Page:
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(3) Formation of agency
 
  1. Agency by appointment
     
   
a. An agency is created by express appointment when the principal appoints the agent by express agreement with the agent. This express agreement may be an oral or written agreement between the principal and the agent.
   
b. Contract law principles apply to an agency agreement. An agent may agree to act in consideration for a reward. On the other hand, an agency is gratuitous if the agent agrees to act for no consideration.
   
c. The general rule is that agency may be created orally and there is no formality for the creation of agency by express agreement, except for one situation which is discussed below. This general rule applies even to cases of appointing agents for the signing of agreements for sale and purchase of immovable property, whether on behalf of the vendor or the purchaser.

The one exception is where an agent is appointed to execute a deed on behalf of the principal. In this case, the agent will have to be appointed by deed, which is called a power of attorney.

     
  2. Agency by estoppel (implied appointment)
     
   
a. Agency by estoppel arises when A makes a representation to a third party, whether by words or conduct, that B is his agent, and subsequently that third party deals with B as A's agent in reliance on such representation. A will not be permitted (is estopped) to deny the existence of the agency if to do so would cause damage (usually financial loss) to that third party.
   
b. The person who makes such representation ("A" in paragraph (a) above) is treated as having created an agency relationship between himself as the principal and the other person ("B" in paragraph (a) above) as his agent, although there is in fact no agreement between the two parties ("A" and "B" in paragraph (a) above) as to the creation of the agency relationship. Agency by estoppel is sometimes called implied appointment of agent.
   
c. In agency by estoppel, the authority of the agent is described as only apparent or ostensible but not actual, as the principal has, in fact, not granted the agent such authority to act on the principal's behalf.
   
d. The extent of apparent or ostensible authority of the agent in an agency by estoppel depends largely upon the contents of the representation made by the principal to the third party who relies and acts on the representation. The principal is said to "hold out" a person as his agent with such authority as the principal may induce the third party to believe and is estopped from denying the existence of agency.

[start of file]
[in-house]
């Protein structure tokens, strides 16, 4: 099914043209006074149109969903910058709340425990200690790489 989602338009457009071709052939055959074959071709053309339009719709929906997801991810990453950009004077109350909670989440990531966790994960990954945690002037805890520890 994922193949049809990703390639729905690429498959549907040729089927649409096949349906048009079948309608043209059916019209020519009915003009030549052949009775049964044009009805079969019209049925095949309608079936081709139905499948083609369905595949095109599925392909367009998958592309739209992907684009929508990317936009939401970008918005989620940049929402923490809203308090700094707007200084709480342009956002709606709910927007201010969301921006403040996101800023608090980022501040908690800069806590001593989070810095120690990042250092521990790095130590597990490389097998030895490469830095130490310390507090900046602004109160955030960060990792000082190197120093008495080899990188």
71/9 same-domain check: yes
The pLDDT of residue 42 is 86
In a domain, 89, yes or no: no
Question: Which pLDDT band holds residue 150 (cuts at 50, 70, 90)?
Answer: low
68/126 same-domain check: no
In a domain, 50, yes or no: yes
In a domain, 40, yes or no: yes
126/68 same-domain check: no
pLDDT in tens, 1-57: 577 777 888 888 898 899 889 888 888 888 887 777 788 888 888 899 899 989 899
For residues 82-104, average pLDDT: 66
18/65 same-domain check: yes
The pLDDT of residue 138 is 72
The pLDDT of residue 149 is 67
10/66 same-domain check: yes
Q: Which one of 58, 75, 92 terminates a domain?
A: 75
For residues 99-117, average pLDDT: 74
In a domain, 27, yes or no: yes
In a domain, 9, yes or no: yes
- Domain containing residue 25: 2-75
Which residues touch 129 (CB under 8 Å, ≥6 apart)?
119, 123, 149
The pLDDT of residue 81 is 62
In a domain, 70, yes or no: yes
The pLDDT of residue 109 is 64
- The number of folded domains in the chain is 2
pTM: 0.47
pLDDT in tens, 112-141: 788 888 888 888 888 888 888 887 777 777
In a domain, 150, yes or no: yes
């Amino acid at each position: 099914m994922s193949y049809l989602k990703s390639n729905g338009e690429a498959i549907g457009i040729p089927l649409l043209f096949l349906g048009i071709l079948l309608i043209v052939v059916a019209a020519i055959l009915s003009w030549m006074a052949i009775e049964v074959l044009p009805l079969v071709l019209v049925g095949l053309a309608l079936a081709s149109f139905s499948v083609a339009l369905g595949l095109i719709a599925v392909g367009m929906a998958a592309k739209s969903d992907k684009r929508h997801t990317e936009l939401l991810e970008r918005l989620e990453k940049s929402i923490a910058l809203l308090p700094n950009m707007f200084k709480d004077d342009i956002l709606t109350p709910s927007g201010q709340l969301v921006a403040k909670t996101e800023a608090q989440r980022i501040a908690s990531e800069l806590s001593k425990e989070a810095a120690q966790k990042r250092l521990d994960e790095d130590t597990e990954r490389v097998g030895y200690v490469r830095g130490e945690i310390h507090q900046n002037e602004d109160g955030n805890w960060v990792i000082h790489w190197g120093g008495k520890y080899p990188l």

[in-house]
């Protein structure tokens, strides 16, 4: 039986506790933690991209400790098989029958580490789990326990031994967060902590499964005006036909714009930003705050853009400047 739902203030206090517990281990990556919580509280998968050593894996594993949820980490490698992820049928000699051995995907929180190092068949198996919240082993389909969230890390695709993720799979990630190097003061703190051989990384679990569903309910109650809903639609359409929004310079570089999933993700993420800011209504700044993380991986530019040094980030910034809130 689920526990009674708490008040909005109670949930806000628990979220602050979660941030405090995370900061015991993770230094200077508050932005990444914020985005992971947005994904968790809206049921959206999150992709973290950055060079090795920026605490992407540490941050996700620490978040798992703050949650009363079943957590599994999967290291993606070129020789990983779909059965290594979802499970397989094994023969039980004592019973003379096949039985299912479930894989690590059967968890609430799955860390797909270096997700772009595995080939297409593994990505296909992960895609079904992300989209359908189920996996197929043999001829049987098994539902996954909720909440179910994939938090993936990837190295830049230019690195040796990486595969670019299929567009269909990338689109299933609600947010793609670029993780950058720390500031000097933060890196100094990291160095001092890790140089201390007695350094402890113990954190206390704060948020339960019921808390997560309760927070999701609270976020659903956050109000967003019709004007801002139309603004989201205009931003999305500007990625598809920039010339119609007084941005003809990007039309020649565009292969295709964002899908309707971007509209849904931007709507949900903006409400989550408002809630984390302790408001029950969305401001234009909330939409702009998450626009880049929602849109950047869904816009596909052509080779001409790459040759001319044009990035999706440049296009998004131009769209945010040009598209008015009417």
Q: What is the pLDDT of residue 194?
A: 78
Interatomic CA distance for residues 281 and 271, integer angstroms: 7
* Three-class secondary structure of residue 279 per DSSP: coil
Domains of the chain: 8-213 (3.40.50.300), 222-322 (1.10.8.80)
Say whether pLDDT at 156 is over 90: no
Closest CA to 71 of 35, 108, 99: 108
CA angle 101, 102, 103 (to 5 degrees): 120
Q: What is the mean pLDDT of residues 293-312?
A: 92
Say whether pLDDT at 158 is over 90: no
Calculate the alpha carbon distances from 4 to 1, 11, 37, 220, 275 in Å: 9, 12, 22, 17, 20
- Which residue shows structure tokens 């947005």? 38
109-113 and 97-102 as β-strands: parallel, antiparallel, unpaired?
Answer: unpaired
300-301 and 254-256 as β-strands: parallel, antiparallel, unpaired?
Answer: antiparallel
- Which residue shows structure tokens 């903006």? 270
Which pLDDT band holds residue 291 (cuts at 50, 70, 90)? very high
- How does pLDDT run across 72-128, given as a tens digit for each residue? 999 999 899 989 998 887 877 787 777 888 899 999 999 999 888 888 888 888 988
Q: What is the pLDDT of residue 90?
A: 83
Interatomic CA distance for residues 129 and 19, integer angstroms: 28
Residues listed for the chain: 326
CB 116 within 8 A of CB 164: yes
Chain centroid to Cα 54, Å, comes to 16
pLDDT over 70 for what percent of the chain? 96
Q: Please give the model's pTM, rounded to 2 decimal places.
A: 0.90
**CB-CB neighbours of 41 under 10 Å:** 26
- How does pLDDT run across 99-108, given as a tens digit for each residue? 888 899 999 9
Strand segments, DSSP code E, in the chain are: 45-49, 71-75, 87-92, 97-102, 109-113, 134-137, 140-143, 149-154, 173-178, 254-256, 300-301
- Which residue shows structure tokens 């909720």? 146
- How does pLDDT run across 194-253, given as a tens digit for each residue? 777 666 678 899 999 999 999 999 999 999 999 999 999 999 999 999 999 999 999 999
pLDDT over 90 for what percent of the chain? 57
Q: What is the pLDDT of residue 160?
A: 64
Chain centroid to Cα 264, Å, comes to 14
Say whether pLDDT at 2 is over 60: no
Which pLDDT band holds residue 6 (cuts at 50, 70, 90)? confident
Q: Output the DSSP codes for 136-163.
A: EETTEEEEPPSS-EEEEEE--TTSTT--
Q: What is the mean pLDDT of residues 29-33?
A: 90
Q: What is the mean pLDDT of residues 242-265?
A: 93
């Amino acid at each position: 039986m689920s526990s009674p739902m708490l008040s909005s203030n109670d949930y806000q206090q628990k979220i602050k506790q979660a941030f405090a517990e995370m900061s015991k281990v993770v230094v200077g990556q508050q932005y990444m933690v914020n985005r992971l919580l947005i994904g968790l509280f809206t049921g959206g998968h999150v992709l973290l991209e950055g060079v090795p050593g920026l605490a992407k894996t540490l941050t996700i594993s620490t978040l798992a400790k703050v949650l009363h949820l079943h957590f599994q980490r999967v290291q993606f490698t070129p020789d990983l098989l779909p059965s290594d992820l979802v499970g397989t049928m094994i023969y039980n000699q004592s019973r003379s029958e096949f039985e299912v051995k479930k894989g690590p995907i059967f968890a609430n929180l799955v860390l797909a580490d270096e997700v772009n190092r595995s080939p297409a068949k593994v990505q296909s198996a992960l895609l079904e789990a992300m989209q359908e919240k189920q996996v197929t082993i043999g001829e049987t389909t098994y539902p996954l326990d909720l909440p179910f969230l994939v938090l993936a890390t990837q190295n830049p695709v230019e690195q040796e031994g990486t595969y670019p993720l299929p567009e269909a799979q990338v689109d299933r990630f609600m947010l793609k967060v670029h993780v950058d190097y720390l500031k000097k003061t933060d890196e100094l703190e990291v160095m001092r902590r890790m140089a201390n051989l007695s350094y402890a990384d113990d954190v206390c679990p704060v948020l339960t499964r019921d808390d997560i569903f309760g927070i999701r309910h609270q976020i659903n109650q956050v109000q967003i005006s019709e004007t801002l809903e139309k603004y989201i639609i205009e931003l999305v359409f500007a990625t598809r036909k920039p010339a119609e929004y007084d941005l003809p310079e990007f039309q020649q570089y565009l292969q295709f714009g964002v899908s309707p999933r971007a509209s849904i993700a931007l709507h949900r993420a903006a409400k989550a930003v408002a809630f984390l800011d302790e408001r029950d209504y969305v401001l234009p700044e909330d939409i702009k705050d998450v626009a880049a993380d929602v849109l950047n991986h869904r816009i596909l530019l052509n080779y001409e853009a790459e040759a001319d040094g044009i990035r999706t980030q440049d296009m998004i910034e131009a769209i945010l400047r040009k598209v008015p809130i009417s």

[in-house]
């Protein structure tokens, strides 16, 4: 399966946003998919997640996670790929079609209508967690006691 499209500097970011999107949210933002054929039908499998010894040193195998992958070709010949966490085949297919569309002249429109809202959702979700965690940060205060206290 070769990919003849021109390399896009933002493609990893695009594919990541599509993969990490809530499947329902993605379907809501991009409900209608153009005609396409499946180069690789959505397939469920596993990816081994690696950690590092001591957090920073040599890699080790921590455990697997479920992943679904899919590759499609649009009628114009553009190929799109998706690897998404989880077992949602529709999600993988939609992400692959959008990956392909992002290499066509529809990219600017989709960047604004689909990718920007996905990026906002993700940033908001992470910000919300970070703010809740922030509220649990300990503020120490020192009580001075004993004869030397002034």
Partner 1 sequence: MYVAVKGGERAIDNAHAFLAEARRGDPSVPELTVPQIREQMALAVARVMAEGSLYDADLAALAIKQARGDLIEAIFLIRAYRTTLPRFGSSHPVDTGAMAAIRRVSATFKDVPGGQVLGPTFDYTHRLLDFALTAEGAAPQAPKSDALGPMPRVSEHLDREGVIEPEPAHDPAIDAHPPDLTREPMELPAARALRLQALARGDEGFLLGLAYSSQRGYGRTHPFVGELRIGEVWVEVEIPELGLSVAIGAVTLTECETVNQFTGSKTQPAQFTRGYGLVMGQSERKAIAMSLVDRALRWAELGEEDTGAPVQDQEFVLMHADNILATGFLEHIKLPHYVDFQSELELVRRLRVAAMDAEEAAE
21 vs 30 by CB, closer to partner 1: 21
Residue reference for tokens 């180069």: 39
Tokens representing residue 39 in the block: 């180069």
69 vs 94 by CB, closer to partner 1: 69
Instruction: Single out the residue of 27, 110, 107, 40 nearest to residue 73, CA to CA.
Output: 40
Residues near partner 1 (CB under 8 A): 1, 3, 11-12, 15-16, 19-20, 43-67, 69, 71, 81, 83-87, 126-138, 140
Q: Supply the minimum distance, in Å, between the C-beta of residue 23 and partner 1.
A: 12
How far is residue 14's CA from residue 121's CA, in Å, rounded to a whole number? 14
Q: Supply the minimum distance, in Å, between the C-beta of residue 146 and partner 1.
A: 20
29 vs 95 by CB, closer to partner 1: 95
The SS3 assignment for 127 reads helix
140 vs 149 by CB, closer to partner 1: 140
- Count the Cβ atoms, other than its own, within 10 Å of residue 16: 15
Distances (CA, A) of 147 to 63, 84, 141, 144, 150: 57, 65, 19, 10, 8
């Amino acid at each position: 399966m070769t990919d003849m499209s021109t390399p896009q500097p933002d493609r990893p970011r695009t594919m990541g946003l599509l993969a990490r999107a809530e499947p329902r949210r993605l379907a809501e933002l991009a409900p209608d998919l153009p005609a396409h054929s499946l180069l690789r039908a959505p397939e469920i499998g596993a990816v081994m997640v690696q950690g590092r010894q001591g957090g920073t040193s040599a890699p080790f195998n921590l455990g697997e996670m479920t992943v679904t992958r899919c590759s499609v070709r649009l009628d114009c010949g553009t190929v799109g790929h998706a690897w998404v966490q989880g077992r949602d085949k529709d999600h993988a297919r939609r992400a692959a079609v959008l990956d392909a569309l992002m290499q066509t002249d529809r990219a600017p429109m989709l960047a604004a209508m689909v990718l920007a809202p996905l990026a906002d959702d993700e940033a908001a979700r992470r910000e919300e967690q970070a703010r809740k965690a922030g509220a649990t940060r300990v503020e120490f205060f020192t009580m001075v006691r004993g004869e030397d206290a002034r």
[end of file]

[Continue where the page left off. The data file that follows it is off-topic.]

3. Agency by ratification
     
   
a. Agency by ratification arises when a person (the principal) ratifies (that is, approves and adopts) an act which has already been done in his name and on his behalf by another person (the agent) who in fact, had no actual authority (whether express or implied) to act on his (the principal's) behalf when the act was done.
   
b. Ratification by itself only creates an agency relationship between the principal and the agent in respect of the act ratified by the principal, but not in respect of any other act, whether past or future.
   
c. The person who ratifies an act of another person must have been in existence and have the legal capacity to carry out that act himself both at the time when the act was done and at the time of ratification. A person may lack legal capacity on grounds of bankruptcy, infancy or mental incapacity.
     
  4. Agency of necessity
     
   
a. Agency of necessity arises when a person ("A") is faced with an emergency in which the property of another person ("B") is in imminent jeopardy and it becomes necessary, in order to preserve the property for A to act for and on behalf of B. In this case, A acts as an agent of necessity of B.
   
b. Agency of necessity arises only when it is practically impossible for the agent to communicate with the principal before the agent acts on behalf of the principal. (This would be difficult to establish with today's advanced communication systems and is the reason why agency of necessity does not often arise.)
   
c. Authority to act in case of emergencies cannot usually prevail over express instructions to the contrary given by the principal.
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